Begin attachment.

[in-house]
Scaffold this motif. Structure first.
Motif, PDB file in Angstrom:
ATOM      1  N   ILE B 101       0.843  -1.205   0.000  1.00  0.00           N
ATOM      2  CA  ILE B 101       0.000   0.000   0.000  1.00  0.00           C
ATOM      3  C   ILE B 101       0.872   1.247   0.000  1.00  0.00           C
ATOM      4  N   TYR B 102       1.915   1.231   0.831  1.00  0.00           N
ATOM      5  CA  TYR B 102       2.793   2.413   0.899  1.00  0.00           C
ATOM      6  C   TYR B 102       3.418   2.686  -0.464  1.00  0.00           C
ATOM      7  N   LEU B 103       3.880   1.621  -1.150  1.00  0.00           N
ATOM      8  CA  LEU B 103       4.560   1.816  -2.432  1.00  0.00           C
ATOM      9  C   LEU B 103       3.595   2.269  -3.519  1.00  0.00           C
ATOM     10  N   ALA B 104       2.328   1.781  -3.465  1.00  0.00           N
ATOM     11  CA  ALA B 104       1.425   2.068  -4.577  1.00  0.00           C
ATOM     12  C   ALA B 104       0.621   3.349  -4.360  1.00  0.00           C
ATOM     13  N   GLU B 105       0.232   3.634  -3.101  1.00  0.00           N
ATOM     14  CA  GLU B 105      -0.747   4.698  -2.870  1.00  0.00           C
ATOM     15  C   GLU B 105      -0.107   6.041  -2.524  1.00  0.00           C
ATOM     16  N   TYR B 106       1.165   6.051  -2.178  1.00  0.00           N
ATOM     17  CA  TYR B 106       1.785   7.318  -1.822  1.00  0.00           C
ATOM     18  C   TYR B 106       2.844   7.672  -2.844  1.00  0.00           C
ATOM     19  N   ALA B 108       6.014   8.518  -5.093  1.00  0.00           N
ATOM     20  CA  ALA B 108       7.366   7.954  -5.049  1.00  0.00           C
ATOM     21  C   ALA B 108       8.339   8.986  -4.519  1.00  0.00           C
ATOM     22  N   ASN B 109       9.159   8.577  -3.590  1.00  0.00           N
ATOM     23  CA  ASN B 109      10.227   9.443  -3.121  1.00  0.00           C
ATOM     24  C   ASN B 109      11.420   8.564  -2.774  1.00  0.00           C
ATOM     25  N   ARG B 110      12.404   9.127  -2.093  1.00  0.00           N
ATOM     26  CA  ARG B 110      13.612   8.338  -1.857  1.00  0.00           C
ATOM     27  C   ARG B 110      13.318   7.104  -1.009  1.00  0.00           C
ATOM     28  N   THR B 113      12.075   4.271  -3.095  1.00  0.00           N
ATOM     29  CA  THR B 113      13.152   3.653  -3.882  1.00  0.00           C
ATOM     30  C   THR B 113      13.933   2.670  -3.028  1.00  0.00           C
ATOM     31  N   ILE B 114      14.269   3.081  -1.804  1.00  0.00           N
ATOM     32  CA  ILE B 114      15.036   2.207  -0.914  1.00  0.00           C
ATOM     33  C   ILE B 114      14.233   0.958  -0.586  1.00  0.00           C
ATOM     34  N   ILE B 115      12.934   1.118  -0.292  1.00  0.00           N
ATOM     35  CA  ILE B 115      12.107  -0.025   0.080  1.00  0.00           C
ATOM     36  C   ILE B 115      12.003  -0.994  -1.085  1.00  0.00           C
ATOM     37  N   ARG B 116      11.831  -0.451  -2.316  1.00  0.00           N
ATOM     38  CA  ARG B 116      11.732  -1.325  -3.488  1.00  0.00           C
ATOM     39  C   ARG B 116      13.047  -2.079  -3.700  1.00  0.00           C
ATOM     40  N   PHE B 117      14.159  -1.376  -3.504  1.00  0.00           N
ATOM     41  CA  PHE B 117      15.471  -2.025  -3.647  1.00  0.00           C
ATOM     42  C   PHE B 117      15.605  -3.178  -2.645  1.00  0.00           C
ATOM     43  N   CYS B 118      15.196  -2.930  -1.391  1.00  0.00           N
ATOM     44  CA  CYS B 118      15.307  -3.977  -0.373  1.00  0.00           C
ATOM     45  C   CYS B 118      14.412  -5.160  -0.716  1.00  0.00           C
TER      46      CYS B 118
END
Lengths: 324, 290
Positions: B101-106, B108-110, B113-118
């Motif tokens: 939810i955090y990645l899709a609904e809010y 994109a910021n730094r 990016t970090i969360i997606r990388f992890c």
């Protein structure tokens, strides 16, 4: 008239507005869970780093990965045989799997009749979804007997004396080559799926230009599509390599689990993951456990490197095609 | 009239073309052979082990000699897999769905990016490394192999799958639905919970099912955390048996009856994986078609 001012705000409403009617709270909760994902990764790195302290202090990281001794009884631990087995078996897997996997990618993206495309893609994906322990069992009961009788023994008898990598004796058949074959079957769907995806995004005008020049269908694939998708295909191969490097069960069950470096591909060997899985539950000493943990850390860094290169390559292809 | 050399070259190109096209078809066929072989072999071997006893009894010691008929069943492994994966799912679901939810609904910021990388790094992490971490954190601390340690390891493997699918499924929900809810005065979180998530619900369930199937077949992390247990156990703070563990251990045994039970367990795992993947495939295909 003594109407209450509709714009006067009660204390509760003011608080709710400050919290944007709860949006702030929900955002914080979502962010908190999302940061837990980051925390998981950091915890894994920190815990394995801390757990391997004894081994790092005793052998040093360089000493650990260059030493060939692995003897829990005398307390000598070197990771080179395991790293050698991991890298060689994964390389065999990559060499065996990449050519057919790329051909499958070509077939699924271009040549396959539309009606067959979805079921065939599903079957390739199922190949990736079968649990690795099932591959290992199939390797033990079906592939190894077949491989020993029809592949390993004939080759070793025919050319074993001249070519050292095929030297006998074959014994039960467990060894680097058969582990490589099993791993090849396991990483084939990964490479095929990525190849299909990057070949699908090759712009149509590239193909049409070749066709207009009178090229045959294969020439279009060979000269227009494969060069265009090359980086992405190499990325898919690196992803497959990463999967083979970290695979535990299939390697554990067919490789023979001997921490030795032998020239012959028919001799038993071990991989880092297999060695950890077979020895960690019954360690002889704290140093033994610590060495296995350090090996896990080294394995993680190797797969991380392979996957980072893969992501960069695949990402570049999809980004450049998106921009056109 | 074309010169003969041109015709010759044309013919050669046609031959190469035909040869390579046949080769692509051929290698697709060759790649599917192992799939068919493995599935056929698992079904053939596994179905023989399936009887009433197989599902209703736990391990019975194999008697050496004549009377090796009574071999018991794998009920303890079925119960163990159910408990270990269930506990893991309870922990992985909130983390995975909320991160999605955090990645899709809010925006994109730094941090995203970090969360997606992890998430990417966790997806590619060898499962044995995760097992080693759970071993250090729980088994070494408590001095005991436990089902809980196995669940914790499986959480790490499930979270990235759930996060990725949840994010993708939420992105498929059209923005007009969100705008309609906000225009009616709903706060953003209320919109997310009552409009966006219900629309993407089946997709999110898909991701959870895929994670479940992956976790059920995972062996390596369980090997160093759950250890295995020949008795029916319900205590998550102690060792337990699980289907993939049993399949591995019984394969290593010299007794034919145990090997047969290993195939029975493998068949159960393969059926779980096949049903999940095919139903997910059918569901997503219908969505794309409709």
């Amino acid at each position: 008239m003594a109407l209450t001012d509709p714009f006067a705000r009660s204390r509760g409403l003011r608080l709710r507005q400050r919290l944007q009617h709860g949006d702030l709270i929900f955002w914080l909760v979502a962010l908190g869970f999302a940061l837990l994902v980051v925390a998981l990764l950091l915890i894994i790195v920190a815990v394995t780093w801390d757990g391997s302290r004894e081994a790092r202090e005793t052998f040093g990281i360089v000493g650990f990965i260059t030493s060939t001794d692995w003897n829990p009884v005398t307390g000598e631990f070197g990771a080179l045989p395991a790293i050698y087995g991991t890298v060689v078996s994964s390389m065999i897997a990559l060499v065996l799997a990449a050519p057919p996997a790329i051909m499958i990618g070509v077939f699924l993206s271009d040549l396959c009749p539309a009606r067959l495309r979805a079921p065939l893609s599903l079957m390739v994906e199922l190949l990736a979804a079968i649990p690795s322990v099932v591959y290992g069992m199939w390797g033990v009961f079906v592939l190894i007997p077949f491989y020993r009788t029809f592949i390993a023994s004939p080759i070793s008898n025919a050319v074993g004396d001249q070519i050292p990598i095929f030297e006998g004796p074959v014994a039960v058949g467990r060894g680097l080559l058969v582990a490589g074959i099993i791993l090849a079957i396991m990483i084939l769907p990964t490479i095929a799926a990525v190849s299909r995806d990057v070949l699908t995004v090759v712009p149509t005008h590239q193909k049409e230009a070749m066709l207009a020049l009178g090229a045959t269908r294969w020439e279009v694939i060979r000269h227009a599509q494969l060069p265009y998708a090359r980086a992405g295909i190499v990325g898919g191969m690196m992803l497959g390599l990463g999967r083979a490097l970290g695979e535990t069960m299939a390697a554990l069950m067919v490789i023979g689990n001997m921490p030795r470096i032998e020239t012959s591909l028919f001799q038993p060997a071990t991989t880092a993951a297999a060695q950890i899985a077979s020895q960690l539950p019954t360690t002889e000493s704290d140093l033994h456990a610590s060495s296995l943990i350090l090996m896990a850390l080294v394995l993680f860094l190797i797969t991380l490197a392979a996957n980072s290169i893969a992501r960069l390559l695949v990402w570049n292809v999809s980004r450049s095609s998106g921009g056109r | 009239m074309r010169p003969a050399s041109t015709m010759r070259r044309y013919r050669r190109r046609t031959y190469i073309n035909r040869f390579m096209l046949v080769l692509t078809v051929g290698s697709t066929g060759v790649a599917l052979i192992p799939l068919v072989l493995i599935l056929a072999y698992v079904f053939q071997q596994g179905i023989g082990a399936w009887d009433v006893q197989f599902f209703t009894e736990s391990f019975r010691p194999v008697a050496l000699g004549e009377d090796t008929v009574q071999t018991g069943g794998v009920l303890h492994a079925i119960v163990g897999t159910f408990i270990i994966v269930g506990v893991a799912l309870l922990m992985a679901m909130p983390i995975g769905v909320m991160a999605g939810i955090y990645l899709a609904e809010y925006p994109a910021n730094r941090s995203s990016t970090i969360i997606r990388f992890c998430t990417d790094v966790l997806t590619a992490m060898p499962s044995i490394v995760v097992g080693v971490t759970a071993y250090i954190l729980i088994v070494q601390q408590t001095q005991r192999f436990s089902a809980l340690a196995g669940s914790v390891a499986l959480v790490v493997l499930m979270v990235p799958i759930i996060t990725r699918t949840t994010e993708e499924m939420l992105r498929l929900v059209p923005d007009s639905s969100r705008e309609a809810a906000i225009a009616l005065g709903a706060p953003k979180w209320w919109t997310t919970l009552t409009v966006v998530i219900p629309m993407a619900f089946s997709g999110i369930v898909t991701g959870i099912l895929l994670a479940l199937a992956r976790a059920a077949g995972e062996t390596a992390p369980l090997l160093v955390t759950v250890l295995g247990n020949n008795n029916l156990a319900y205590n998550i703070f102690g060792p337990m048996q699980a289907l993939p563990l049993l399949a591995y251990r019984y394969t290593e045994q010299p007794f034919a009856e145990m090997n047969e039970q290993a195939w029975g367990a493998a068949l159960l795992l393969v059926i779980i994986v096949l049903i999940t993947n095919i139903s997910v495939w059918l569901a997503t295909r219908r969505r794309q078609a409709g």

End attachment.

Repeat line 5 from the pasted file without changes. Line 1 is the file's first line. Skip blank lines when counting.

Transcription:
ATOM      2  CA  ILE B 101       0.000   0.000   0.000  1.00  0.00           C